LAWRENCE — Rarefied individual achievements and an all-too-familiar feeling of collective disappointment marked a year of highs and one notable low for Kansas basketball.

First the highs, marked by a trio of individual distinctions uncommon even for a program brimming with awards and trophies.

Frank Mason’s remarkable rise to consensus national player of the year — the Jayhawks’ first since Danny Manning in the team’s 1988 championship-winning season — was the headline story this year at KU. The point guard averaged 20.9 points, 5.2 assists and 4.2 rebounds in his senior campaign, becoming the first player in Big 12 history to average 20-plus points and five-plus assists.

The Petersburg, Va., native cashed in on those efforts after the season, completing a sweep of every major award given to college basketball’s top player. In just one year, he transformed himself from off-the-radar pro prospect to the No. 34-overall selection in the NBA Draft by the Sacramento Kings.

Mason earned his spot as an iconic figure in KU lore in 2017, undoubtedly securing a future retirement of his No. 0 jersey and perhaps someday a prominent statue of his 5-foot-11 likeness.

But it didn’t end there for KU.

Mason’s teammate Josh Jackson turned heads and dropped jaws in his lone collegiate season, which resulted in the dynamic freshman being selected No. 4 overall by the Phoenix Suns in the NBA Draft. Jackson averaged 16.3 points and 7.4 rebounds playing as the fourth guard in KU’s four-guard lineup, deployed as the Jayhawks’ primary look for the first time in coach Bill Self’s 14 seasons in Lawrence.

As the freshman’s one-and-done season came to a close, Self called Jackson “a model of consistency” and a player with a mental maturity “beyond his years.”

“I think that his intangible makeup is as good as any that I’ve ever been around,” Self said, “especially at that age.”

The third and final major individual distinction for KU came from Self himself, inducted into the Naismith Memorial Basketball Hall of Fame on Sept. 8 in Springfield, Mass. A national champion with KU in 2008 and national runner-up in 2012, Self in the induction said of his career: “The Lord has blessed me and my family beyond measure.”

“There is no way an average player from Oklahoma would be standing before you tonight if his hand print wasn’t all over my life,” he continued. “I will never take this honor for granted, and I will be more humble now than ever occupying an office on Naismith Drive.”

All of those individual triumphs — as well as the team’s record-tying 13th straight regular-season conference championship — helped soften the blow of another season-ending defeat in the Elite Eight, this time in the Jayhawks’ own back yard.

KU, the No. 1 seed in the Midwest Region, breezed through the first three rounds of the NCAA Tournament before meeting No. 3 seed Oregon at Sprint Center in Kansas City, Mo. The Ducks were in control from start to finish, trouncing the Jayhawks 74-60 in front of a stunned sellout crowd.

The defeat dropped Self to 2-5 at KU and 2-7 overall in the Elite Eight, where the Jayhawks’ season has ended in back-to-back tournaments.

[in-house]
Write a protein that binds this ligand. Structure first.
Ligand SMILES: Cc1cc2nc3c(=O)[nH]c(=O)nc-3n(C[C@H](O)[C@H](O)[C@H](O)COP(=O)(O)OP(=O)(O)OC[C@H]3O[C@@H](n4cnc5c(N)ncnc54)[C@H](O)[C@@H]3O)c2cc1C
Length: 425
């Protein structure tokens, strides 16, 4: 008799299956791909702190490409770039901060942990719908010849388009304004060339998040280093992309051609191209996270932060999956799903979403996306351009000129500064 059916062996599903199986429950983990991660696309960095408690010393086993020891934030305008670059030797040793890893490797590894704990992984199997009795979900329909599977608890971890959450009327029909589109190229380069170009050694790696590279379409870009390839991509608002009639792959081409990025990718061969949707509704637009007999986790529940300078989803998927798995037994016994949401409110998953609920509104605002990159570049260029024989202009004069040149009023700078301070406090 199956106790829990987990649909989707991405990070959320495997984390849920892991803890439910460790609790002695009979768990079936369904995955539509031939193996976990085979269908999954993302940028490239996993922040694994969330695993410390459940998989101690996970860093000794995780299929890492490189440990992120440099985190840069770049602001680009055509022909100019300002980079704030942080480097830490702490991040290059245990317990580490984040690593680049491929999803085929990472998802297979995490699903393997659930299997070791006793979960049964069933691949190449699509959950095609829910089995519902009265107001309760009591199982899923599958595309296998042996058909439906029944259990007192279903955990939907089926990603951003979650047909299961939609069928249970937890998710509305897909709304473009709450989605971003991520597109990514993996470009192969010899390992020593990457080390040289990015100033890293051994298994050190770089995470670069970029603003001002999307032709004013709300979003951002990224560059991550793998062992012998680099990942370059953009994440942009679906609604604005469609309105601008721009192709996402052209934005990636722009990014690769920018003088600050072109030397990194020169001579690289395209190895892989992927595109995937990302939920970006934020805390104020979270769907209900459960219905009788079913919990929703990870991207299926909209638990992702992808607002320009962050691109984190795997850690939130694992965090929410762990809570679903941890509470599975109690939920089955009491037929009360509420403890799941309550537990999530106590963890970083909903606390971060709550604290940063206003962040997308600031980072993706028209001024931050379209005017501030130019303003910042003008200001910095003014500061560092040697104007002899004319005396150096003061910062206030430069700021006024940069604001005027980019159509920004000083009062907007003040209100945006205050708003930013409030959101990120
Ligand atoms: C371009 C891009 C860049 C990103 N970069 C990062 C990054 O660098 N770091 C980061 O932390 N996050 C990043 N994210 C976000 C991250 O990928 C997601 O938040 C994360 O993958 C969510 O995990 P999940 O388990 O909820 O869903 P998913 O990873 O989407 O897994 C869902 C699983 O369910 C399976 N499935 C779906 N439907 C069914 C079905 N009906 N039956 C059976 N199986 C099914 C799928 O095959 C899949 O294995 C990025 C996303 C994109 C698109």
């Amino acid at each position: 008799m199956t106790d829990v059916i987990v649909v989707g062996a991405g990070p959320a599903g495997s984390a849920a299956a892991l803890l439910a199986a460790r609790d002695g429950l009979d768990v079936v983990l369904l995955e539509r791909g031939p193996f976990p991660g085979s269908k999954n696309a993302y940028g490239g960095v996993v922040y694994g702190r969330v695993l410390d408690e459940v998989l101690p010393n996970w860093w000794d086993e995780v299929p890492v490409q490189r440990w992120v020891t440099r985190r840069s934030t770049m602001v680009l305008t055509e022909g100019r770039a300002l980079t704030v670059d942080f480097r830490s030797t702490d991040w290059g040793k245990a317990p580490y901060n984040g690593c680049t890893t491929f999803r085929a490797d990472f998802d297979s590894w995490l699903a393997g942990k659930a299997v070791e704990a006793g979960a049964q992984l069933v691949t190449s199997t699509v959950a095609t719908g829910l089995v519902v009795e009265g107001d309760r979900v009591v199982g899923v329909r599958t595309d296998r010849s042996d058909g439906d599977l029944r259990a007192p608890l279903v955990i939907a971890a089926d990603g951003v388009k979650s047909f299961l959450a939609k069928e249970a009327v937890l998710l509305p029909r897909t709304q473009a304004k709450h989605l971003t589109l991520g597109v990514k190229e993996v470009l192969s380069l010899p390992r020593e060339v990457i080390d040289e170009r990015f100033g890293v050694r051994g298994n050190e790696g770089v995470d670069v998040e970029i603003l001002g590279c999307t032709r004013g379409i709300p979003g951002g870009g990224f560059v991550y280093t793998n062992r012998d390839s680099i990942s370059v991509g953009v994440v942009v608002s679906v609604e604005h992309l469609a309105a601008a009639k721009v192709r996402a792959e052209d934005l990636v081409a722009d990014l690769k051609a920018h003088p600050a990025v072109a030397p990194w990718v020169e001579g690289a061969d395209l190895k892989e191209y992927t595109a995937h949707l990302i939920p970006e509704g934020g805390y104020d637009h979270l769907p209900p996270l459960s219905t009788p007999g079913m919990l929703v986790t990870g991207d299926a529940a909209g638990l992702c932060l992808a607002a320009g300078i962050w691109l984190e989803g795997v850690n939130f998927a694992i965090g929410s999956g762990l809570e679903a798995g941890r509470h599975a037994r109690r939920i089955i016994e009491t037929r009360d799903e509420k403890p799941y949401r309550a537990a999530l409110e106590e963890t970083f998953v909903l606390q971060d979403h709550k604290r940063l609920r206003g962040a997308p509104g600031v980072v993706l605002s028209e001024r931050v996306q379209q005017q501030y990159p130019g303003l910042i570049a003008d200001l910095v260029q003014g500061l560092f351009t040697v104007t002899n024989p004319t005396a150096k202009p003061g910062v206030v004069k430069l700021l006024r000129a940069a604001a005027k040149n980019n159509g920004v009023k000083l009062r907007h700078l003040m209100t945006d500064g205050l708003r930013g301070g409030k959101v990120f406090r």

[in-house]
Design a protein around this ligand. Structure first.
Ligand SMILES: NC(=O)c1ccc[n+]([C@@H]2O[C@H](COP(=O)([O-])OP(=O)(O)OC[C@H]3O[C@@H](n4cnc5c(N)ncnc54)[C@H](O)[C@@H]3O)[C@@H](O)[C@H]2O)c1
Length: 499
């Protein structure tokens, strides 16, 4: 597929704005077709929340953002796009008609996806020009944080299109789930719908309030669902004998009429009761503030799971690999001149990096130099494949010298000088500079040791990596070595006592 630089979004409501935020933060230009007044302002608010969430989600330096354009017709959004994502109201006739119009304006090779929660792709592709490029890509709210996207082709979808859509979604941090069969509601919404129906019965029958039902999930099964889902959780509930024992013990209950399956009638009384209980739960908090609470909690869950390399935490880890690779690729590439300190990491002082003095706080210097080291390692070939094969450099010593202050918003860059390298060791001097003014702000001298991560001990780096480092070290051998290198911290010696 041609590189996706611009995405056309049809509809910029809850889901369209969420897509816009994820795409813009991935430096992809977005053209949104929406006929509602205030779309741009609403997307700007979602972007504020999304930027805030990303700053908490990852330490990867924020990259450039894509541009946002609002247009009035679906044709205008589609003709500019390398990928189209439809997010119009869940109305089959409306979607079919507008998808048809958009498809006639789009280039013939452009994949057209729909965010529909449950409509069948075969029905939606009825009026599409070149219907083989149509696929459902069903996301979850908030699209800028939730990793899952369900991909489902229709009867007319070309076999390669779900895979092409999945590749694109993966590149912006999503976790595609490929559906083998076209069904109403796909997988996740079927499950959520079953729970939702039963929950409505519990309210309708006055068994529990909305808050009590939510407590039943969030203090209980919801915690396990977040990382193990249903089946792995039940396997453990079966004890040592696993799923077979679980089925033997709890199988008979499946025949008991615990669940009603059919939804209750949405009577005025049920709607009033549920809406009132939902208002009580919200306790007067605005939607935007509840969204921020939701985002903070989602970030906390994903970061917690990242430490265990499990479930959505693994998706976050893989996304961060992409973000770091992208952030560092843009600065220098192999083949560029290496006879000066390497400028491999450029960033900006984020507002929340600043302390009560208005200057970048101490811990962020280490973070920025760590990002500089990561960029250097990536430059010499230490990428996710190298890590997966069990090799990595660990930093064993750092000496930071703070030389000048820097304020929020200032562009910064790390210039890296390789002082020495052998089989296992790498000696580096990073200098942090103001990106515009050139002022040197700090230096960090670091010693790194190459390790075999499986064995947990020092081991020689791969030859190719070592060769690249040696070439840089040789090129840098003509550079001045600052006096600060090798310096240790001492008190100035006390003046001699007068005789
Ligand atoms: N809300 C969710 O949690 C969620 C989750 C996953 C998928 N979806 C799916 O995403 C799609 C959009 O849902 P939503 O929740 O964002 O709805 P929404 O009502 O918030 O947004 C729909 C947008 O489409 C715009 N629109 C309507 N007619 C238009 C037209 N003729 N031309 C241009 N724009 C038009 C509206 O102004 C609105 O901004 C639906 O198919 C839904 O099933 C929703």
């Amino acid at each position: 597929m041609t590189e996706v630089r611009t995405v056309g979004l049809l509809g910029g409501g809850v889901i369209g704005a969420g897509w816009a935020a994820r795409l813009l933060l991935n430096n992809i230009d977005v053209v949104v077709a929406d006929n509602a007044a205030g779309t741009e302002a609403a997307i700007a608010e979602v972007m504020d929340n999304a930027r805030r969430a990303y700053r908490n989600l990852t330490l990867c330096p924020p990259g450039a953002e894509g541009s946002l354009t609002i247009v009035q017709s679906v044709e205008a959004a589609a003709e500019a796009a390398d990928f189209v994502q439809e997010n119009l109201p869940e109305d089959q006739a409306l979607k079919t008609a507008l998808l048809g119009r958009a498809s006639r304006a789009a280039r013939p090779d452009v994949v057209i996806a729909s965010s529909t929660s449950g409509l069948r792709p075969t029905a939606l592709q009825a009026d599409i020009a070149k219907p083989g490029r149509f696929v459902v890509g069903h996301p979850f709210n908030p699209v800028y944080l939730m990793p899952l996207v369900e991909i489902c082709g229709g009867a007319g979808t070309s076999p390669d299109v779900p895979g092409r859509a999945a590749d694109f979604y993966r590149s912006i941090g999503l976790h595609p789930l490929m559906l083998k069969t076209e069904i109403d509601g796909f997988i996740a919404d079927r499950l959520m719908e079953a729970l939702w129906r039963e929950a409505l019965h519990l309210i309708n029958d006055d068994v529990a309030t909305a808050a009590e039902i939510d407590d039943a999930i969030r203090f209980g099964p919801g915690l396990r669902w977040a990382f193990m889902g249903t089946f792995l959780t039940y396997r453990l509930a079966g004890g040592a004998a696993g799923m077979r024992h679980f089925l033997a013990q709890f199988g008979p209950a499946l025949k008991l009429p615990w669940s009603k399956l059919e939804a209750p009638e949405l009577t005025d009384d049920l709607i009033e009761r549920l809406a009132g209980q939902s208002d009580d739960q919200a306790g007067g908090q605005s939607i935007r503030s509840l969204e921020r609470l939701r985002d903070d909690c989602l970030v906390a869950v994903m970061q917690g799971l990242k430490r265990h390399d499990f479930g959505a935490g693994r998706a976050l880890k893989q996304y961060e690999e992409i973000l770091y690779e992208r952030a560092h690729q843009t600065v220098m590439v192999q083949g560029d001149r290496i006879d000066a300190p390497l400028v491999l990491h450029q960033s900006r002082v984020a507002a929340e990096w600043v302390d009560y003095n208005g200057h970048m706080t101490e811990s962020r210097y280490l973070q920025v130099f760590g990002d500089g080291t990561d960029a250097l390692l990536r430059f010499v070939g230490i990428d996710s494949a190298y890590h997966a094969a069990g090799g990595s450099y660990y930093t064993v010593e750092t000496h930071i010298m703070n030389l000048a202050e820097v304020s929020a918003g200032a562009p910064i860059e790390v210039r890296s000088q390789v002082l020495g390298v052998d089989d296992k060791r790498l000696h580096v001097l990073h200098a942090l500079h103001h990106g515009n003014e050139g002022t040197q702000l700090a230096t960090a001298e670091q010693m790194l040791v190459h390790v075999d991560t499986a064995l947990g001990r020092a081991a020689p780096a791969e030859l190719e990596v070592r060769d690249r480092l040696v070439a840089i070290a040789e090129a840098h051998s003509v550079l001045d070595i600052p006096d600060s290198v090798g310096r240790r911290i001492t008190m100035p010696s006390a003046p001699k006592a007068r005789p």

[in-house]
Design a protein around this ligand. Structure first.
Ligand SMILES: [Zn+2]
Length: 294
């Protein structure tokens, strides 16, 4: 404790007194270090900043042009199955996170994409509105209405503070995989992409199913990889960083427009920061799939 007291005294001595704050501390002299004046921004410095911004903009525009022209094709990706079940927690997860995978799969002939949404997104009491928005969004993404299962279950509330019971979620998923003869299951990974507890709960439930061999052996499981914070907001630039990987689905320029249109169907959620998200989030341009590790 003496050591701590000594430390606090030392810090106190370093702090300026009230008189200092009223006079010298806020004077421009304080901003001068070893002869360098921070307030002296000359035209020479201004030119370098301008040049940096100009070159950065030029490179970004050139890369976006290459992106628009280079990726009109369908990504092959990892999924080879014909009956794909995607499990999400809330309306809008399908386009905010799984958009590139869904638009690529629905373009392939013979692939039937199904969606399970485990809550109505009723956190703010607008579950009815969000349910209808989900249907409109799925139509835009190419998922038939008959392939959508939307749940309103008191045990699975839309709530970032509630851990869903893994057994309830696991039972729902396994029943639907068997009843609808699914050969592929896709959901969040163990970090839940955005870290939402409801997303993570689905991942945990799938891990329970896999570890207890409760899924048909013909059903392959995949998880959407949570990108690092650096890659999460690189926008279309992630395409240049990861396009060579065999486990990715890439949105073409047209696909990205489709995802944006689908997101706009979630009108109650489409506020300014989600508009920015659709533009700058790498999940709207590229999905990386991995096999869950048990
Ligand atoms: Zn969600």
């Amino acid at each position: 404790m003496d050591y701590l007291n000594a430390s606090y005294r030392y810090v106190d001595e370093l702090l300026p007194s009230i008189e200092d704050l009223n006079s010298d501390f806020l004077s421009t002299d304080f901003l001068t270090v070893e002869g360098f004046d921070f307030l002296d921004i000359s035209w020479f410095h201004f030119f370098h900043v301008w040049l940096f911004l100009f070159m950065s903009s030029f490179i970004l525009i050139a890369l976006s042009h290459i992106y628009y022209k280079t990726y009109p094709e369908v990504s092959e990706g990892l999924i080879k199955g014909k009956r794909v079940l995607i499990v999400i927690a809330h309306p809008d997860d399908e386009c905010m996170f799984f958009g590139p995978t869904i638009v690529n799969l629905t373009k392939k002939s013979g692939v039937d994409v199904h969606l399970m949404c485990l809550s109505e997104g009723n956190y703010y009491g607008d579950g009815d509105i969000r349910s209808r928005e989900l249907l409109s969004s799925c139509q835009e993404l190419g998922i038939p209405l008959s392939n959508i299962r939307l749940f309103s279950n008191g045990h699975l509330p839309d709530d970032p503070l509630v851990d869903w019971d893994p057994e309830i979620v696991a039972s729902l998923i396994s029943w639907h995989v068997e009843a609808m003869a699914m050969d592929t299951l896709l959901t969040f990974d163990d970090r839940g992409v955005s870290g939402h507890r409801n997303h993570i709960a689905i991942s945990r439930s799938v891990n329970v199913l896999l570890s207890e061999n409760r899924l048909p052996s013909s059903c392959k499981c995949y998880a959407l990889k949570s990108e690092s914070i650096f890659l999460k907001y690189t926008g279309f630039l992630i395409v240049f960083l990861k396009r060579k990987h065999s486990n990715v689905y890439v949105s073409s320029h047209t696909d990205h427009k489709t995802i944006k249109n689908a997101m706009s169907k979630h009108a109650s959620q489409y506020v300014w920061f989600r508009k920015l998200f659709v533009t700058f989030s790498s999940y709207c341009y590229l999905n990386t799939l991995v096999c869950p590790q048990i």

“Sure it’s going to stick with us,” Self said after the loss to Oregon. “But the one thing that did happen today, it’s hard to admit, the best team won today. Today, I don’t think we ever really put our best foot forward like we have consistently all season long.”

In accepting one of his many honors, the prestigious John R. Wooden Award, Mason indicated he would trade them all for the one thing that eluded his decorated college career.

“This award means everything to me,” Mason said, “but nothing would’ve meant more to me than the national championship.”

FOOTBALL FLATLINES — An offseason of buzz and momentum ended with a stumble and thud in KU football’s second contest, a 45-27 home defeat to MAC foe Central Michigan.

It only got worse from there.

The Jayhawks spiraled to a 1-11 record in David Beaty’s third season, dropping the coach to 3-33 overall and 1-32 against FBS-level opponents. The good vibes garnered from the previous season’s upset against Texas, several high-profile oral commitments in recruiting and an announced $350 million campaign focused primarily on renovating Memorial Stadium evaporated.

Joe Dineen, a junior linebacker and one of the Jayhawks’ lone bright spots as the nation’s leader in solo tackles (7.8 stops per game), said after the team’s last game that if anyone had told him this is how the year would have unfolded, he would have called them a liar.

“I wouldn’t have gone into this season expecting to have the record we had, but that’s the way it went,” Dineen said. “There’s nothing we can do about it right now. We’ve just got to get back, get ready to go and play ball.”

Beaty, given a vote of confidence from first-year chancellor Douglas Girod and, in the immediate aftermath of the season finale, athletic director Sheahon Zenger, before the season said the team should begin to see dividends in his third campaign, that those “dividends are reflected in wins” and that winning is a “requirement for programs to survive.”

He was in no mood to reflect on the lost season after the Jayhawks’ 11th and final defeat.

“Man, I’m a super positive guy,” Beaty said. “I spend very little time thinking about things I don’t control. My wife probably would shoot me, but I’m just not very good with whinin’. I’m about fixin’. I’m just not about whinin’. I’m a fixer, and that’s probably not the best thing for me sometimes, but I don’t have time. My time is to move forward. I’m dealing with the next minute.”